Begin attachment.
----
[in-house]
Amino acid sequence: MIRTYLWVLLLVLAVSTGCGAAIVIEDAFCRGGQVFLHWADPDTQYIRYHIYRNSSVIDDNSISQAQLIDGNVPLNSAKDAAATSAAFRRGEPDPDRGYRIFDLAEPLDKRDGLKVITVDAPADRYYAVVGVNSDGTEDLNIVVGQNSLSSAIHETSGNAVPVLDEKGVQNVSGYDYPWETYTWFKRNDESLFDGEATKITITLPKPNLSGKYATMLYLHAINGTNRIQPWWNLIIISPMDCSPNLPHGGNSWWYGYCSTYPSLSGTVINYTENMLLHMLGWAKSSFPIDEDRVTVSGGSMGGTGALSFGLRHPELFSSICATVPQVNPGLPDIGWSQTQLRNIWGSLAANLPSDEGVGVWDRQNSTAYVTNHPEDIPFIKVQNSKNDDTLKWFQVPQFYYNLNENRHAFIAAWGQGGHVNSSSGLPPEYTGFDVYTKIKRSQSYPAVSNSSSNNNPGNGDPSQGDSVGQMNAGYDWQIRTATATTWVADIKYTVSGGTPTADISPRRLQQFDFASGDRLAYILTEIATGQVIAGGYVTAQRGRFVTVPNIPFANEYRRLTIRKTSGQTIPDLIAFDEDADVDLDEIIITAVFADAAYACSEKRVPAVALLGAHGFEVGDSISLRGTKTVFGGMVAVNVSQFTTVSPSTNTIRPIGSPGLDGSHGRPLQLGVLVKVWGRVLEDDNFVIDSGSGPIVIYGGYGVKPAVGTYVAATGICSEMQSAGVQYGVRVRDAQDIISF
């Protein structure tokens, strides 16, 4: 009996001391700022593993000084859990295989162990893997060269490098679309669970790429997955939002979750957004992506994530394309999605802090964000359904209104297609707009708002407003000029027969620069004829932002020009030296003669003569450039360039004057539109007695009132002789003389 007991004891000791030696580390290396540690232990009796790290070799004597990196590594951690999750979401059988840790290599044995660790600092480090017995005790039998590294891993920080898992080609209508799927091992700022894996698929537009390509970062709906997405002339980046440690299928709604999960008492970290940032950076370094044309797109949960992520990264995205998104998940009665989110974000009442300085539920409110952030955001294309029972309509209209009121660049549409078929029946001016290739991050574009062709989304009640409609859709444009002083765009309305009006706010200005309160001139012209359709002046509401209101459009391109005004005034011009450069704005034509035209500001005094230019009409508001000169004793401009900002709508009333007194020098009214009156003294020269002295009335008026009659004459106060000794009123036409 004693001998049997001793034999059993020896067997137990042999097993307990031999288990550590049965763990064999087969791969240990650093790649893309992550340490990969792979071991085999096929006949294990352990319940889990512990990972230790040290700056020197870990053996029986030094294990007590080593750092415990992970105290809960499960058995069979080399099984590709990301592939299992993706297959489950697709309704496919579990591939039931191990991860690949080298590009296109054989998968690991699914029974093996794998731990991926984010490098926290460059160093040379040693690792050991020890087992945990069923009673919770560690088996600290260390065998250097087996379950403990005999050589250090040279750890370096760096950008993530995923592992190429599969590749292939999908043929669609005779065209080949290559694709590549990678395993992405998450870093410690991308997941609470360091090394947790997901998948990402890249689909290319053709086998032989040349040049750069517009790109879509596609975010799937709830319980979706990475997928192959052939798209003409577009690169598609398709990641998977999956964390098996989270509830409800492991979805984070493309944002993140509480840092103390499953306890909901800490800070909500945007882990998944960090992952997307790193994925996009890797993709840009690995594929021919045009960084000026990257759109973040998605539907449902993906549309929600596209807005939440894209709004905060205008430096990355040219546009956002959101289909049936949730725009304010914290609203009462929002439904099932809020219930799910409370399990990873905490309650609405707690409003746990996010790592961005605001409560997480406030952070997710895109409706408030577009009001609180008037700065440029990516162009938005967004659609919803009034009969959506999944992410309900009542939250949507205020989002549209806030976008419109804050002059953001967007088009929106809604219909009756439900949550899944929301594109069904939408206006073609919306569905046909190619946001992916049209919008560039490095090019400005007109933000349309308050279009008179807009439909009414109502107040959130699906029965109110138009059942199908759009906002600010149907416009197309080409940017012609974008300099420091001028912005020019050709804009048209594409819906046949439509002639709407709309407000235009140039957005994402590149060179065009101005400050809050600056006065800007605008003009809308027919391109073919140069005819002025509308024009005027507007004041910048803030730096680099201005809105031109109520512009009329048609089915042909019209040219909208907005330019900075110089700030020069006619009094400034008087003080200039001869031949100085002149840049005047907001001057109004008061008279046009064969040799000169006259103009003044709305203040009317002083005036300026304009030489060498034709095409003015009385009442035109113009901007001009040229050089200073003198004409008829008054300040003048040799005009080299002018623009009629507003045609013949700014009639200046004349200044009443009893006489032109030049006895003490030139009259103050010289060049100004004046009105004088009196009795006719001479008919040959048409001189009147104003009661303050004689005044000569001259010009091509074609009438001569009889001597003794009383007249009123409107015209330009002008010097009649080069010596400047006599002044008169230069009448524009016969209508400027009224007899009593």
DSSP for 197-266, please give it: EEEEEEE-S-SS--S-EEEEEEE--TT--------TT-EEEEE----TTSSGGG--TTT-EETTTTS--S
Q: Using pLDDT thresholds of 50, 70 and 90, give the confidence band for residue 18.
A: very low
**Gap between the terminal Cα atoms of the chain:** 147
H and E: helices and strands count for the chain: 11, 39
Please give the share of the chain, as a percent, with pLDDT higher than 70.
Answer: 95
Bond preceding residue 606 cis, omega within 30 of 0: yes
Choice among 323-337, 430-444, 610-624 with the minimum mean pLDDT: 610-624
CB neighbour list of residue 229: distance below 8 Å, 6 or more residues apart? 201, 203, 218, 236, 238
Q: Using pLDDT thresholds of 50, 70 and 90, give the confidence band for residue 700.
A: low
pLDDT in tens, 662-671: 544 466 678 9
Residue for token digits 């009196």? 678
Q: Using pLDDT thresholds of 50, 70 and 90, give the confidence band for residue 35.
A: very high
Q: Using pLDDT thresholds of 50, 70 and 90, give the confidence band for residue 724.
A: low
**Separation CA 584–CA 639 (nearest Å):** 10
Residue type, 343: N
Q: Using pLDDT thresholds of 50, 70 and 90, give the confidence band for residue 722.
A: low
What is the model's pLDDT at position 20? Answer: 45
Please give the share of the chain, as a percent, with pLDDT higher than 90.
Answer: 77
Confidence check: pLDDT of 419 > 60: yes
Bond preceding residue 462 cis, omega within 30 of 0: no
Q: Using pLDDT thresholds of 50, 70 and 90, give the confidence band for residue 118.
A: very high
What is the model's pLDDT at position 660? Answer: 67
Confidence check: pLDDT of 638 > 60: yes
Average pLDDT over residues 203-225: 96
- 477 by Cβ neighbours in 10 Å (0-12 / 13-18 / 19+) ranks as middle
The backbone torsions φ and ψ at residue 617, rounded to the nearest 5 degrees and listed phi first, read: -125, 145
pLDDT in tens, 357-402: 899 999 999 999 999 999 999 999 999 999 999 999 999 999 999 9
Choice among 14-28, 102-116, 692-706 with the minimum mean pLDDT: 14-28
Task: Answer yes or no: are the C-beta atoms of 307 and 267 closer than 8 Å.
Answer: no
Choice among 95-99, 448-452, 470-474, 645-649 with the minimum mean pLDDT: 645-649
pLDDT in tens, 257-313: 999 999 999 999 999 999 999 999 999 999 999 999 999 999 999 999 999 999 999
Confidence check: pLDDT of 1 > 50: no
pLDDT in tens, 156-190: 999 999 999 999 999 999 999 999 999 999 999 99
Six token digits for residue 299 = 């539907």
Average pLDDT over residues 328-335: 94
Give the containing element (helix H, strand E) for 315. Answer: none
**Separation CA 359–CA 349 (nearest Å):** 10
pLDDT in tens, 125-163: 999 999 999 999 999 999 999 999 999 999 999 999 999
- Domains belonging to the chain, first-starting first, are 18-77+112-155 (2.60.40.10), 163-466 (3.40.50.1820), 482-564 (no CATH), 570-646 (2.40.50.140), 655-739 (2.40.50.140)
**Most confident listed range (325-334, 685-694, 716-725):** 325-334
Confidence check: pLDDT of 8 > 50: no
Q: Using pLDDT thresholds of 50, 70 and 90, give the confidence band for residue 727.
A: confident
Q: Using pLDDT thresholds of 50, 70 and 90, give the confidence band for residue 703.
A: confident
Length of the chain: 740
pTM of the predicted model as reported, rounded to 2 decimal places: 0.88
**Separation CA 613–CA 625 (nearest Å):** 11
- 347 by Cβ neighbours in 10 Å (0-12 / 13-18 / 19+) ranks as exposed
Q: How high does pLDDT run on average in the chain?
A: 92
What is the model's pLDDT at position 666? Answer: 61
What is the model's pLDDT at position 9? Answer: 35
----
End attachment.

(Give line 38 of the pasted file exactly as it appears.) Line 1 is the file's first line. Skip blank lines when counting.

pLDDT in tens, 357-402: 899 999 999 999 999 999 999 999 999 999 999 999 999 999 999 9